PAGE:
That’s interesting about środa (for Wednesday) having only five letters. Your language wins the “brevity” award. Of course, conciseness isn’t my strong suit. Ha!
      Cheers! Grati ;->


  7. Hi, Fabi and Grace.You´re completly right! I really made a huge mistake about that Robson Crusoe ´s story .I have to ask millions of apologies to Fabi, because I thought she was making a little confusion, but who was making a Big mistake was justly me. Oh, Bad Memory! However I was so much certain about it at that hour! Thanks Grace to posting the wikepedia link!
    Hugs for all!


    • Hi Tereza,

      You’re most welcome. We’ve all been there–memory mixups. Not to worry.

      Cheers! Grati ;->

      P.S. But you’ve given me an idea for a Fun Day Sunday activity that might be part literary quiz, part literature mad lib, part literary character mash up–as in putting characters into different stories, but changing the stories a bit. Hmmmm. I’ll have to let my idea germinate for a bit.

      But if you have ever seen the movie “Lost in Austen”–where a Pride and Prejudice loving modern day woman somehow switches places with Regency era Lizzie and mayhem ensues. The modern woman thrust into portraying Lizzie is afraid that she’ll ruin the story by her interference–well, she impacts the storyline, with humorous and romantic results. Ha! The British actress Jemima Rooper portrays the modern day woman. Here is that YouTube link for you:

      Of course, another way to go would be for me to have a fictional romantic round table of Austen or other similar heroines discussing their lives, etc. I might entitle this post “A Couple of Austen Chicks Sitting Around Talking”. That title is a play on words of another title. Ha! Who knows, That might end up being an upcoming Wednesday post. Ha!

      Thanks for inspiration to both you and Fabi! I’ve got two more post ideas to work on!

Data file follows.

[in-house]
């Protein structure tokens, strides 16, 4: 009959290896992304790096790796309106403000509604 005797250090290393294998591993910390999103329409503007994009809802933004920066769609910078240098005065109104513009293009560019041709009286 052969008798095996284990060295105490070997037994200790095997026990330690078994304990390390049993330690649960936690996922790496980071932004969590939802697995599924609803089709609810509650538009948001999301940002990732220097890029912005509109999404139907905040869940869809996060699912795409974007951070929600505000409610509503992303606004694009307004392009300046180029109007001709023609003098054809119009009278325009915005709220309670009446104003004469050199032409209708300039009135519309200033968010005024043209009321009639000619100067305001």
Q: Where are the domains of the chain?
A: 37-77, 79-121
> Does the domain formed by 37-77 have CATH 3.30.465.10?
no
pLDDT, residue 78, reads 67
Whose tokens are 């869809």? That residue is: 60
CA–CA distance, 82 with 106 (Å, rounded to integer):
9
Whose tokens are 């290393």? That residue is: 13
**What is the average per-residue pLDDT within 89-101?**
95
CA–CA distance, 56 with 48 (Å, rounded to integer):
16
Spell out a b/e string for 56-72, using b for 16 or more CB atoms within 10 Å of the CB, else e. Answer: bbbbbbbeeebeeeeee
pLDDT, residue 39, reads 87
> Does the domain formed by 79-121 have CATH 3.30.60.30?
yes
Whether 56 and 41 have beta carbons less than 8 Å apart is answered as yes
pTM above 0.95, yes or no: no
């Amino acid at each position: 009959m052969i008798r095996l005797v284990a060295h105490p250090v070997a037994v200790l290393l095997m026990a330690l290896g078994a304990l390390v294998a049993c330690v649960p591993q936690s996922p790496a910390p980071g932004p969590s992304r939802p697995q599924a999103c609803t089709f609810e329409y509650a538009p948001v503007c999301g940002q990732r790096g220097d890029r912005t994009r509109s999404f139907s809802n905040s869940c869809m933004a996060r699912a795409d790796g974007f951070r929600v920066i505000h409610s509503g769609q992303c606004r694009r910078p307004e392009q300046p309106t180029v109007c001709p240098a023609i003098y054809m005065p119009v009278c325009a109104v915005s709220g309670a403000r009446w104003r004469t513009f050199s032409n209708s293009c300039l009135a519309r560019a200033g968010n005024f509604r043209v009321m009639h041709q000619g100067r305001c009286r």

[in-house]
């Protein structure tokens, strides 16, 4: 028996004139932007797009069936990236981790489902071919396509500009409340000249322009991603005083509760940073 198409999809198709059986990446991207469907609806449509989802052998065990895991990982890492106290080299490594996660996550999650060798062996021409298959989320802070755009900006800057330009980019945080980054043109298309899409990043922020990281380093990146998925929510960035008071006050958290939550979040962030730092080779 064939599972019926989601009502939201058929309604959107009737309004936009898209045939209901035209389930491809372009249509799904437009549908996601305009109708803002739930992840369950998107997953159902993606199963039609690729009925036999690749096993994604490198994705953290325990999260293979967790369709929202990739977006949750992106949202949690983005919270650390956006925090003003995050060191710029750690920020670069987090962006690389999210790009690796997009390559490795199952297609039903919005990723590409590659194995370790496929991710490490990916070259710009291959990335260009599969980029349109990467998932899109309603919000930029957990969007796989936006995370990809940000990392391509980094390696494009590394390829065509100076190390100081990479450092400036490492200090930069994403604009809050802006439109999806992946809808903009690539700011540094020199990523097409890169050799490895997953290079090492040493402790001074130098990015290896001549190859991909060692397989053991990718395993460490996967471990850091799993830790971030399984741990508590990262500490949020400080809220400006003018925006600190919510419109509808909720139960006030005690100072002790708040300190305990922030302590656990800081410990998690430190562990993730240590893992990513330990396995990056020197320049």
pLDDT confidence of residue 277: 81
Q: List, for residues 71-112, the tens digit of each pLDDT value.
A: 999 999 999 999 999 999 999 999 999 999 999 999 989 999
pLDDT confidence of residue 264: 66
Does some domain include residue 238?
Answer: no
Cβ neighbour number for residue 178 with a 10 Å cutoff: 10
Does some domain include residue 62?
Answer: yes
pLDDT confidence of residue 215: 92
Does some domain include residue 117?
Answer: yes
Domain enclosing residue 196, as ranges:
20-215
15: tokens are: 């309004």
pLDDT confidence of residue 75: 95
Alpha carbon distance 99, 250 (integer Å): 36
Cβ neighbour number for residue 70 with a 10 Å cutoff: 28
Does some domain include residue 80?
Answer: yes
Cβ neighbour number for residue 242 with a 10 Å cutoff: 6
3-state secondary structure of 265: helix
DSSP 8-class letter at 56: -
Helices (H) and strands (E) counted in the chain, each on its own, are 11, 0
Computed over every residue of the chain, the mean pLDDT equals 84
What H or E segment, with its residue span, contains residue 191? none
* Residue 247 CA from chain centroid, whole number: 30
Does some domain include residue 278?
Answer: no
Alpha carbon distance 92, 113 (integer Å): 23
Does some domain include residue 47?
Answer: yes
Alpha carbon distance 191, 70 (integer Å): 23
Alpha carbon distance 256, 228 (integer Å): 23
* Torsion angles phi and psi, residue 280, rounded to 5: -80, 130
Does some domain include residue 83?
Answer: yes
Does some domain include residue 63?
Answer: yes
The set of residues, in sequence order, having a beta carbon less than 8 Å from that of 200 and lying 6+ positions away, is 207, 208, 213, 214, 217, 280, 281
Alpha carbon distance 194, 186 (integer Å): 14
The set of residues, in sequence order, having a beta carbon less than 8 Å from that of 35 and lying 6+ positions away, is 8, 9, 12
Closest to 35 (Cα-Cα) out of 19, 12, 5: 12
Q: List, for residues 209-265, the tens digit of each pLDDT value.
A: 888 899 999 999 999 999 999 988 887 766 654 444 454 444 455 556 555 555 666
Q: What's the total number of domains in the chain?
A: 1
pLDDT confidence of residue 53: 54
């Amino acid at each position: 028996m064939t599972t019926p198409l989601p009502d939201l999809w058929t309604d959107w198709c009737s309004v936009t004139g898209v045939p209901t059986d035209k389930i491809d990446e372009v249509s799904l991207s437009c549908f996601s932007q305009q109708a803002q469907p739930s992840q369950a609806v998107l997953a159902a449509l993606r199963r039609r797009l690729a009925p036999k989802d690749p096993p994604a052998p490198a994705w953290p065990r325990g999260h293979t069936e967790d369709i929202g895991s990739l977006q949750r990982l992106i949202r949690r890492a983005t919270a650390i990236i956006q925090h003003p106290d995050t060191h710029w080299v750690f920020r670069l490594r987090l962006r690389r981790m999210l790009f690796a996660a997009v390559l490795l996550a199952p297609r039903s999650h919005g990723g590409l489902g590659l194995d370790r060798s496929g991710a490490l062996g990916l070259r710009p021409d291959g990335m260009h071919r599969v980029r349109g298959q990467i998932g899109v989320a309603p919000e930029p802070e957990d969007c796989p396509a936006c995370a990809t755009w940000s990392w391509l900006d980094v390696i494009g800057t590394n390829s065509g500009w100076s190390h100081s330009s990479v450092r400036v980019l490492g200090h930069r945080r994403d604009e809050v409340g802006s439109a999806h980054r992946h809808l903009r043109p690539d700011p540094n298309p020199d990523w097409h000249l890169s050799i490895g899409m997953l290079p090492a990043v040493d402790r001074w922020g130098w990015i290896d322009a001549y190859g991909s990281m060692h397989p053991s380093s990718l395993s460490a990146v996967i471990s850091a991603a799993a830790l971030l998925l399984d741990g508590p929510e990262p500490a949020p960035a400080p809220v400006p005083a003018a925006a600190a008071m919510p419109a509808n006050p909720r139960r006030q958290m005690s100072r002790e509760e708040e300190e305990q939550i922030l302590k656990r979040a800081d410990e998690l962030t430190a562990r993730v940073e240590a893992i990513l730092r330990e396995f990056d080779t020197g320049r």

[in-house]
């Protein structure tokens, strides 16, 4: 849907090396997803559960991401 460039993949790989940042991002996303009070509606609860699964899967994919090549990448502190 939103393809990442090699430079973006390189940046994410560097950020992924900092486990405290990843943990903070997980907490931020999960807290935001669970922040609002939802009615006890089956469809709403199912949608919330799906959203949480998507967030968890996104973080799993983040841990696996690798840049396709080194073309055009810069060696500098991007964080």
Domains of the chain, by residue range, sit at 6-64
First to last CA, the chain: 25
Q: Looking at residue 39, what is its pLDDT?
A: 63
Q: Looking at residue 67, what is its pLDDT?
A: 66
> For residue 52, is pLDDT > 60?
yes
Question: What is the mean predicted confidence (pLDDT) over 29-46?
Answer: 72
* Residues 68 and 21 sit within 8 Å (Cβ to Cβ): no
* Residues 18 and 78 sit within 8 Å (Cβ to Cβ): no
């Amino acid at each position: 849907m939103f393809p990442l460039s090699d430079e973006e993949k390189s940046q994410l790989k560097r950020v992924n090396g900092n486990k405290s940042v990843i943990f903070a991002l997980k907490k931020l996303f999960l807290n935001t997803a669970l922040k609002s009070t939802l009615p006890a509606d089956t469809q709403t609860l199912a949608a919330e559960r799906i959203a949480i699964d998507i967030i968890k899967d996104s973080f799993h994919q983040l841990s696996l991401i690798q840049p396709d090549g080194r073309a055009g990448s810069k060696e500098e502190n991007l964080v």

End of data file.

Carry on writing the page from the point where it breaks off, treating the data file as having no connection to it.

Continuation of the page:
8. Fabi says:

    Tereza, you din’t need to apologize. My memory plays me tricks all the time too, and we are all friends here.
    Grati, I’m glad that you got inspired. All is well when it ends well, isn’t it?
    I’ve seen “Lost in Austen” (on Tereza’s channel too) and liked it, except that Mr. Darcy. For me, Colin Firth is the perfect and definitive Darcy, as well as Richard Armitage’s portrait of Mr. Thornton will never be overcome by another actor. *sigh*
    Hugs to you two. :)


  9. Hi, Grace,I´m sure you will have great ideas for your new project because all you do is always very well done . Speaking to Lost in Austen, It would very be interesting to see another parody following the model of it.Maybe Persuasion or Jane Eyre. Although I wouldn´t wish to see a North and South parody. I guess no need any explanation about it.You know why! I also agree with Fabi.There are actors were made to play determined roles and Mr Darcy and Mr Thorthon never will be played for other actors better than Colin Firth and R.Armitage.
    Have a wonderful weekend!


    • Hi Tereza,
      Thanks for your very nice note. It’s always good to get feedback and input from my friends and readers. I agree with you that somethings are sacro sanct and being “exempt” from parody consideration–North & South being one of them.

      As you’ll notice from my other parodies–they are “gentle”, usually taking an existing whimsical moment and tweaking it up a notch. And with my CRAzy Captioning, etc., I go for humor–but not at anyone’s expense, least of all Mr. Armitage’s. I’m a Pollyanna. Ha!

      I do like Persuasion, and that might be an excellent suggestion for a future more humorously skewed fan ficlet. Tee hee. Anne’s hypochondriachal sister Mary is someone who would definitely suffer under my pen. Ha!

      As for Jane Eyre? That is another one of my sacro sanct books–and were I to adapt it for modern times, it would be no parody. But rather a heartfelt romantic tale as in the original. Actually, I had started outlining and writing a Jane Eyre fan fiction over a year ago–before I learned of the recent version. So I set it aside. But I might come back to it. In particular, I had developed a metaphorical twist–which I wont’ reveal for now–that I felt added depth to understanding the characters and their love story. At that time–and I still feel–that my ideal casting would be Richard Armitage at his brooding and dashing best as Rochester with the luminous Emily Blunt as Jane Eyre. I had also thought of Judi Dench for Mrs. Fairfax. And then I discovered that the recent version of Jane Eyre had alreadycast her! Ha! I also had a few ideas for who might portray the tortured mad wife–who descends into a hell of her own mind’s making. We would need someone small and scrappy, yet who could portray the young wife as entrancing to have enticed Rochester to marry her–so initially, the British actress Cheri Lungi came to mind. But I also have a few others. Oh dear! Now that I’ve been talking about my Jane Eyre fan fiction (or fiction adaptation) again, you’re making want to get back to it. Ha!

      Have a great weekend, yourself! Cheers! Grati ;->